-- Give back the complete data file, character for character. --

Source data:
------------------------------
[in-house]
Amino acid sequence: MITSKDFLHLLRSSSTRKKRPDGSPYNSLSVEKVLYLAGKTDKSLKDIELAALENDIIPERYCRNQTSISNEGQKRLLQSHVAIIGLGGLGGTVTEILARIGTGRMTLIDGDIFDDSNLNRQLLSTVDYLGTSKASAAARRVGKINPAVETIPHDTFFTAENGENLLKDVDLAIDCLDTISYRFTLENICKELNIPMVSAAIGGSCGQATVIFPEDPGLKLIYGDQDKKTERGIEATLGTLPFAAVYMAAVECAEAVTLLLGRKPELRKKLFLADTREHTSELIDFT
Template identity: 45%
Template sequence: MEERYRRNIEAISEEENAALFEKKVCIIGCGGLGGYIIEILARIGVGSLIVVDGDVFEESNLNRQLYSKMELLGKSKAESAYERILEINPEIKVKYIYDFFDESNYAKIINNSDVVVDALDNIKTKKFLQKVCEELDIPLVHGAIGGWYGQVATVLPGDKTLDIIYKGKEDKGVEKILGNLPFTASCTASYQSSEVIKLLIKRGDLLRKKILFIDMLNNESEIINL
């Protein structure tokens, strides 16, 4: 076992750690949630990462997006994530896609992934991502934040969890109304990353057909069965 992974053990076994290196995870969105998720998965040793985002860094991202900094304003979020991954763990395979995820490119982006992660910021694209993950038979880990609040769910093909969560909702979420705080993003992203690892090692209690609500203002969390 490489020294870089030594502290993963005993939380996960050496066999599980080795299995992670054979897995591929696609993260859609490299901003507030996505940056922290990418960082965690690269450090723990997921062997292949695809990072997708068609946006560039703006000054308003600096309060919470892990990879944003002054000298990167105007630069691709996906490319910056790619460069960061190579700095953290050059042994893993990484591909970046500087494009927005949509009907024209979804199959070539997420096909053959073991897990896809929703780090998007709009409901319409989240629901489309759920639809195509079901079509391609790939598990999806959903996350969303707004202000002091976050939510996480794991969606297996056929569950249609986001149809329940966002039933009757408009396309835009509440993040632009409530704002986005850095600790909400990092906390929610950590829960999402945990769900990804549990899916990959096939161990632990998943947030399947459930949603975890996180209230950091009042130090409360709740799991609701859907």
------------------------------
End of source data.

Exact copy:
[in-house]
Amino acid sequence: MITSKDFLHLLRSSSTRKKRPDGSPYNSLSVEKVLYLAGKTDKSLKDIELAALENDIIPERYCRNQTSISNEGQKRLLQSHVAIIGLGGLGGTVTEILARIGTGRMTLIDGDIFDDSNLNRQLLSTVDYLGTSKASAAARRVGKINPAVETIPHDTFFTAENGENLLKDVDLAIDCLDTISYRFTLENICKELNIPMVSAAIGGSCGQATVIFPEDPGLKLIYGDQDKKTERGIEATLGTLPFAAVYMAAVECAEAVTLLLGRKPELRKKLFLADTREHTSELIDFT
Template identity: 45%
Template sequence: MEERYRRNIEAISEEENAALFEKKVCIIGCGGLGGYIIEILARIGVGSLIVVDGDVFEESNLNRQLYSKMELLGKSKAESAYERILEINPEIKVKYIYDFFDESNYAKIINNSDVVVDALDNIKTKKFLQKVCEELDIPLVHGAIGGWYGQVATVLPGDKTLDIIYKGKEDKGVEKILGNLPFTASCTASYQSSEVIKLLIKRGDLLRKKILFIDMLNNESEIINL
């Protein structure tokens, strides 16, 4: 076992750690949630990462997006994530896609992934991502934040969890109304990353057909069965 992974053990076994290196995870969105998720998965040793985002860094991202900094304003979020991954763990395979995820490119982006992660910021694209993950038979880990609040769910093909969560909702979420705080993003992203690892090692209690609500203002969390 490489020294870089030594502290993963005993939380996960050496066999599980080795299995992670054979897995591929696609993260859609490299901003507030996505940056922290990418960082965690690269450090723990997921062997292949695809990072997708068609946006560039703006000054308003600096309060919470892990990879944003002054000298990167105007630069691709996906490319910056790619460069960061190579700095953290050059042994893993990484591909970046500087494009927005949509009907024209979804199959070539997420096909053959073991897990896809929703780090998007709009409901319409989240629901489309759920639809195509079901079509391609790939598990999806959903996350969303707004202000002091976050939510996480794991969606297996056929569950249609986001149809329940966002039933009757408009396309835009509440993040632009409530704002986005850095600790909400990092906390929610950590829960999402945990769900990804549990899916990959096939161990632990998943947030399947459930949603975890996180209230950091009042130090409360709740799991609701859907």